A soundscape composition is always rooted in themes of the sound environment. It is never abstract. Recorded environmental sounds are its 'instruments', and they may be heard both unprocessed and processed. Some soundscape works are created entirely with unprocessed sounds and their compositional process occurs in the specific ways in which the sounds are selected, edited, mixed and organized. These pieces lean towards what I would call soundscape narrative or document. Other compositions may be created pre-dominantly with processed sounds. But in order for these to be heard as soundscape compositions the abstracted sounds must in some way make audible their relationship to their original source, or to a place, time or situation. Yet other compositions may be created with a combination of unprocessed and processed sounds. But whatever the continuity is or the proportions are between the real (unprocessed) and the abstract (processed) sounds, the essence of soundscape composition lies in the relationshipbetween the two and how this relationship inside the composition informs both composer and listener about place, time and situation. A piece cannot be called a soundscape composition if it uses environmental sound as material for abstract sound explorations only, without any reference to the sonic environment.
In the soundscape composition ... it is precisely the environmental context that is preserved, enhanced and exploited by the composer. The listener's past experience, associations, and patterns of soundscape perception are called upon by the composer and thereby integrated within the compositional strategy. Part of the composer's intent may also be to enhance the listener's awareness of environmental sound.(5)Soundscape composition is as much a comment on the environment as it is a revelation of the composer's sonic visions, experiences, and attitudes towards the soundscape. Audio technology allows us as composers to sort out the many impressions that we encounter in an often chaotic, difficult sound world. If "listening is as much a 'material' for the composer as the sounds themselves,"(6) as Katherine Norman claims, then daily sound impressions play a significant role in the compositional process itself. Equally one can assume for audiences listening to such compositions, that the experience of conscious soundscape listening in daily life would add significantly to the understanding of and involvement with a soundscape composition. Composers and listeners then share the activity of listening as an important ingredient for making sense of the sound environment as well as of soundscape composition.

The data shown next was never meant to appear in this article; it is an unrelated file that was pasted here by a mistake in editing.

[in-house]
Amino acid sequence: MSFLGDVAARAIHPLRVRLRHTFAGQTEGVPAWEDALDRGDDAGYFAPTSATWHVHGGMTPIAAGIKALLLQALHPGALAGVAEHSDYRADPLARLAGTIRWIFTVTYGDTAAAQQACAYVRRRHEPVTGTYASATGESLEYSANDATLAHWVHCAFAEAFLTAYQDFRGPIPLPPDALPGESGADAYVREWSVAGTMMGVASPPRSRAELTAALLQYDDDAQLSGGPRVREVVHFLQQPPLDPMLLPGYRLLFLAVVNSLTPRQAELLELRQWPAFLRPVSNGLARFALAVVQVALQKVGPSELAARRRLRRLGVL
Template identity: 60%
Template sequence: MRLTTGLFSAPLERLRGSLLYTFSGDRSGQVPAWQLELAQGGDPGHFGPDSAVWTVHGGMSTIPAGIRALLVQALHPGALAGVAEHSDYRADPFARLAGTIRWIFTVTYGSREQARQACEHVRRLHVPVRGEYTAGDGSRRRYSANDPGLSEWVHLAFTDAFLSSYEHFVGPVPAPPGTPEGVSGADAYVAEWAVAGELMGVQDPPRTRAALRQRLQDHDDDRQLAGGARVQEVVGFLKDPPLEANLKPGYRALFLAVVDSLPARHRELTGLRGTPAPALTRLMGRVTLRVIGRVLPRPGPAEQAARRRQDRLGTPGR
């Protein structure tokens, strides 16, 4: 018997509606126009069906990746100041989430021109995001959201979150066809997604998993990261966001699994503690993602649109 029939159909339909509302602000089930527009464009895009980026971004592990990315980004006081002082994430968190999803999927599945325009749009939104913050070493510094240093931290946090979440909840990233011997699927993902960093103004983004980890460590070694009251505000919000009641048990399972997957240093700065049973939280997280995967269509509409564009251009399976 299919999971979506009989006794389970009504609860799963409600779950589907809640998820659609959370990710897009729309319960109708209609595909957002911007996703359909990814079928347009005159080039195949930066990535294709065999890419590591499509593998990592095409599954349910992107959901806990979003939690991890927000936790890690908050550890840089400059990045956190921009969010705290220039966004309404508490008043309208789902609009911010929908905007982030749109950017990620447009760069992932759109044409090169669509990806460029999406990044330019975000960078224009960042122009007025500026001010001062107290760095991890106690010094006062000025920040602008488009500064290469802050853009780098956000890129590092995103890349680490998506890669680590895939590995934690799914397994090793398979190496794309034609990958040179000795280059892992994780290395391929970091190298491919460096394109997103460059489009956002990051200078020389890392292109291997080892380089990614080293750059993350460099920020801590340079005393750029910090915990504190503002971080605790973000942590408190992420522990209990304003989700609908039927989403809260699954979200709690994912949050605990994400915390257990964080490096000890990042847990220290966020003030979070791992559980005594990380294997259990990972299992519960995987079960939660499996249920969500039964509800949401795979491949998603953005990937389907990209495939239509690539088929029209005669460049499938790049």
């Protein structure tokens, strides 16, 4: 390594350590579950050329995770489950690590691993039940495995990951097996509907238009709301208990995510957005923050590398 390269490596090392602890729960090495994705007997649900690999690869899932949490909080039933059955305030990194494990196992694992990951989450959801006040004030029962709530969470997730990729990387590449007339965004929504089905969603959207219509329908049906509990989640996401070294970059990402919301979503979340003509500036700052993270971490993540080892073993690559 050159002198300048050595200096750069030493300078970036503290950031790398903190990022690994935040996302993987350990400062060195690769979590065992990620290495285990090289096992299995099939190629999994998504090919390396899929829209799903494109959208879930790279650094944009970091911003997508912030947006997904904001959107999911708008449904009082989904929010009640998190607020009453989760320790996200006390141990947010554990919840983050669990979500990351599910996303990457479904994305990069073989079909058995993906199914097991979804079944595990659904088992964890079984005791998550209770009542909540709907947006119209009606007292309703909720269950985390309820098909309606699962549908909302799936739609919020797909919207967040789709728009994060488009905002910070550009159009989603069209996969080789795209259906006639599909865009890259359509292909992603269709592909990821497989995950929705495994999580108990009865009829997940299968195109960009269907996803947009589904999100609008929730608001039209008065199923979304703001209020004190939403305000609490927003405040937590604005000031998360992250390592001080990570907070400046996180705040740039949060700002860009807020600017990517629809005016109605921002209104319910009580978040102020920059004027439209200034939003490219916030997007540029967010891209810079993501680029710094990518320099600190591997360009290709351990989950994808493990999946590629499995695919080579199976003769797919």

In fact it dependson our listening participation and invites us - through our active, imaginative engagement with 'ordinary' sounds - to contribute, creatively to the music...As listeners, and composers, we may return to real life disturbed, excited and challenged on a spiritual and social plane by a music with hands-on relevance to both our inner and outer lives.(7)Audio technology allows us to use environmental sound as a type of language that has its own set of meanings depending on the context within which it occurs or into which we place it in a composition. The soundscape composer may use it like a writer uses words in order to comment on the essential characteristics of a soundscape and heighten the listener's perception of it. Or alternately the composer may work with it like a caricaturist who exaggerates the contours, say, of a person's face and thus sharpens the viewer's perception of it; or like a landscape painter who deepens our understanding of and relationship to a place through a certain use of colour, light and shadow; or like a photographer who zooms in on the details not visible to the naked eye. In the same way the soundscape composer can draw our ears more deeply into the contours of sound, its colours and textures and into its details, and thereby enrich our perceptions of and change our attitudes towards our daily sound environment. This type of composition and what Katherine Norman calls a "real-world work"
....can be seen as a move away from the reality, but through the reality, that frames our experience of music.....While not being realistic, real-world music leaves a door ajar on the reality in which we are situated. I contend that real-world music is not concerned with realism and cannot be concerned with realism because it seeks, instead, to initiate a journey which takes us away from our preconceptions, so that we might arrive at a changed, perhaps expanded, appreciation of reality.(8)The soundscape composition then is a new place of listening, meaningful precisely because of its schizophonic nature and its use of environmental sound surces. Its location is the electroacoustic realm. Speaking from that place with the sounds of our living environments inevitably highlights the world around us and our relationship to it. By riding the edge between real and recorded sounds, original and processed sounds, daily and composed soundscapes it creates a place of balance between inner and outer worlds, reality and imagination. Soundscape listening and composing then are located in the same place as creativity itself: where reality and imagination are in continuous conversation with each other in order to reach beneath the surface of life experience
...real world-music, like poetry, is impelled by a desire to invoke our internal 'flight' of imagination so that, through an imaginative listening to what is 'immanent in the real', we might discover what is immanent in us.(9)